Free Shipping on orders over $99


Digestion | October 24, 2018 | Author: Naturopath



Gastritis is inflammation of the lining of the stomach which causes abdominal pain, indigestion, nausea and loss of appetite. It can be either acute (short-term) or chronic and persist for many months. There are many causes of gastritis including infection, alcohol abuse, autoimmune conditions and overuse of certain medications. Getting relief from gastritis involves finding out what the trigger is and treating that. Natural therapies such as slippery elm, turmeric, licorice and aloe vera can help to provide symptomatic relief and heal the damaged stomach lining.

The stomach lining

gastitisThe upper most layer of the stomach is called the epithelium which is coated with mucous secreted by special glands. This is referred to as the gastric mucosa and it helps to protect the stomach lining from infection and irritation from ingested foods and acid. In gastritis there is irritation and inflammation of the upper most layer of the stomach because foods and digestive juices irritate an unprotected part of lining in the stomach.

In some cases, gastritis can cause the stomach lining to wear away and ulcers or sores to form (erosive gastritis), while nonerosive gastritis causes inflammation but no ulcers.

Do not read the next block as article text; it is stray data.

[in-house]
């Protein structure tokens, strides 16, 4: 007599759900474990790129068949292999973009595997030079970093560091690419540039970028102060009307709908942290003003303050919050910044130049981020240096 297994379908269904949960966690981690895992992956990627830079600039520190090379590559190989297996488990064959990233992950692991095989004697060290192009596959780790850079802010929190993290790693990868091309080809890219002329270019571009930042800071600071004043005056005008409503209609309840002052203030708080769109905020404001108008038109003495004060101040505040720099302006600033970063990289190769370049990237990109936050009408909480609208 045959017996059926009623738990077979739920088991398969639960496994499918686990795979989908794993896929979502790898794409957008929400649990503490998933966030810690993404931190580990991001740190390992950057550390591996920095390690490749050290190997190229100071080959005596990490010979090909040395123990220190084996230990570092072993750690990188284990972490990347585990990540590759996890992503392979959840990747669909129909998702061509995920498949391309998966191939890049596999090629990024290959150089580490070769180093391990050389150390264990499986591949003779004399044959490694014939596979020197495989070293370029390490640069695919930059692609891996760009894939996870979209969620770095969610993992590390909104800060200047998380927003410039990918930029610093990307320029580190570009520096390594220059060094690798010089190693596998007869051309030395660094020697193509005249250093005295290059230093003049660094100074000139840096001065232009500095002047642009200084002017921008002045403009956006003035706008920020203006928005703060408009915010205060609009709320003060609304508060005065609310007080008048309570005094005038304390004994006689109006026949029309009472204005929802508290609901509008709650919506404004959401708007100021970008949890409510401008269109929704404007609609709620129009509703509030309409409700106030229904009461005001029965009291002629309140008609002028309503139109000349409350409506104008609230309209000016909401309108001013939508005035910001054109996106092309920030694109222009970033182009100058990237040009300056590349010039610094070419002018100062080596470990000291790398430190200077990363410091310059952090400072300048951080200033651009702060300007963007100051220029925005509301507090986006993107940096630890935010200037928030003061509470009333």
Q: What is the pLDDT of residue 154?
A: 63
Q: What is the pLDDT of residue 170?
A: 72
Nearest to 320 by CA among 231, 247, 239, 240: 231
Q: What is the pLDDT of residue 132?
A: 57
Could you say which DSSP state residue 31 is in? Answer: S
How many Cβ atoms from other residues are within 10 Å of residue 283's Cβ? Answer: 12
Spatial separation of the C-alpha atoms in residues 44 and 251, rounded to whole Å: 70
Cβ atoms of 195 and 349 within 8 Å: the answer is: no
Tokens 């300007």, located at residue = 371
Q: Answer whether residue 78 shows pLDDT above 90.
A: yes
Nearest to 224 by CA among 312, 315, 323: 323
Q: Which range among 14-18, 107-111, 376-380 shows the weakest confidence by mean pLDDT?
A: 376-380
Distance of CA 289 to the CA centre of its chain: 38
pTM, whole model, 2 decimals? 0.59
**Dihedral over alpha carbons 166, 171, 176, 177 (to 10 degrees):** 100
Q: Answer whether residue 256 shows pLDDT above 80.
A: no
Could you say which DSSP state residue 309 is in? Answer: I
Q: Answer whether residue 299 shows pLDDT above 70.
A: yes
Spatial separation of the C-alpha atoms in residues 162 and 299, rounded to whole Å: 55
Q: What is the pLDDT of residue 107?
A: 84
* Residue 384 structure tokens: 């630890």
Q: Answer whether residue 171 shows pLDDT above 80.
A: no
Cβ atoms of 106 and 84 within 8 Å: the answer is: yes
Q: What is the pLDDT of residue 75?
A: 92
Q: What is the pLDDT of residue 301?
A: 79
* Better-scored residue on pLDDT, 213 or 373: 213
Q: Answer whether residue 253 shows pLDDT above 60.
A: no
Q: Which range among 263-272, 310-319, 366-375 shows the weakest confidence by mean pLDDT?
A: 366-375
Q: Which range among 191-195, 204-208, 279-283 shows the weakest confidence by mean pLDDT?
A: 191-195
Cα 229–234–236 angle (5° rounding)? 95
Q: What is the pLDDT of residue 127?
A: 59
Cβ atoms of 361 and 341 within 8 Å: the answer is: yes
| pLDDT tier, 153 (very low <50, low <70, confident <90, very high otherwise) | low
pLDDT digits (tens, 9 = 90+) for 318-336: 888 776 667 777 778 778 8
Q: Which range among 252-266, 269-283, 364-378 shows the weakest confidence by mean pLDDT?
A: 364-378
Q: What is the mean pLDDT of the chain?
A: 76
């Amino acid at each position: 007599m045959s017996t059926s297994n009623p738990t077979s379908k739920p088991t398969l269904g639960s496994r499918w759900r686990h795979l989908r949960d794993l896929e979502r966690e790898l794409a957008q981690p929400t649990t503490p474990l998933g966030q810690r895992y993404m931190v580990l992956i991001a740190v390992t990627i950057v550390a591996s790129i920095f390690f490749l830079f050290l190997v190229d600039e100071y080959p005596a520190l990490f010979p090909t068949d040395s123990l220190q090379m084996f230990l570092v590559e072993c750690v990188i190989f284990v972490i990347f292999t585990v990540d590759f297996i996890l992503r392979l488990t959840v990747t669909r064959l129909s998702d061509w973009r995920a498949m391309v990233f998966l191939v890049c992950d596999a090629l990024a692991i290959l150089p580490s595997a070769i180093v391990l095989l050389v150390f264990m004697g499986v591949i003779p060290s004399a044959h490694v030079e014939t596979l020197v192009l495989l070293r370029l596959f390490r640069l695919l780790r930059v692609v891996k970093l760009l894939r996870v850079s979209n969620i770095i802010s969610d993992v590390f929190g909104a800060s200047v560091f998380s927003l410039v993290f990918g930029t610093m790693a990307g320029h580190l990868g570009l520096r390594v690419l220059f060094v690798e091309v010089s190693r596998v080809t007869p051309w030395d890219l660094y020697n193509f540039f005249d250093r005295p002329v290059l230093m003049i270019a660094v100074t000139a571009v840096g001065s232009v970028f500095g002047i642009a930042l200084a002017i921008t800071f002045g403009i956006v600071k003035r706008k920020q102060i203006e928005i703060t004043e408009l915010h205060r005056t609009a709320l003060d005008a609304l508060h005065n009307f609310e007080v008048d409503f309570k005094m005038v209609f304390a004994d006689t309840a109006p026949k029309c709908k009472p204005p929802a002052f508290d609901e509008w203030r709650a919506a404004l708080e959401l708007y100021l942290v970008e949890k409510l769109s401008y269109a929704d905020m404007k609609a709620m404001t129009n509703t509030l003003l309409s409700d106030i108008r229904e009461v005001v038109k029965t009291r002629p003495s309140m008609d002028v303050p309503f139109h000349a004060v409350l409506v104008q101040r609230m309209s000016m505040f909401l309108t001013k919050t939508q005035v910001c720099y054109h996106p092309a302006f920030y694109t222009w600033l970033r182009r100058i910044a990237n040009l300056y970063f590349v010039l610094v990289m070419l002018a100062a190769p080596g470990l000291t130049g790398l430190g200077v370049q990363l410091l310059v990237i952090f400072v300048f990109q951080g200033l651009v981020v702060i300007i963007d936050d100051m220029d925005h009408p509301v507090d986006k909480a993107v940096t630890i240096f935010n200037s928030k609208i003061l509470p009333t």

Symptoms of gastritis

The most common symptoms of gastritis include:

  • Gnawing or burning ache in the upper abdomen that improves or worsens when eating
  • Nausea
  • Vomiting (with or without blood)
  • Indigestion
  • Weight loss
  • Loss of appetite

Some people with gastritis are asymptomatic (have no symptoms). They can either appear suddenly or develop over time. For most people the symptoms aren’t serious and improve quickly without treatment.

Causes of gastritis

Infection—the most common cause of gastritis is infection with helicobacter pylori. This bacterium also causes stomach and duodenal ulcers. Less frequently, infection with another virus, bacteria, parasite or fungus can cause gastritis.

Regular use of pain relievers—over the counter pain relievers such as paracetamol, aspirin and ibuprofen that are used regularly can lead to gastritis. They reduce a key substance that helps to preserve the protective lining of the stomach.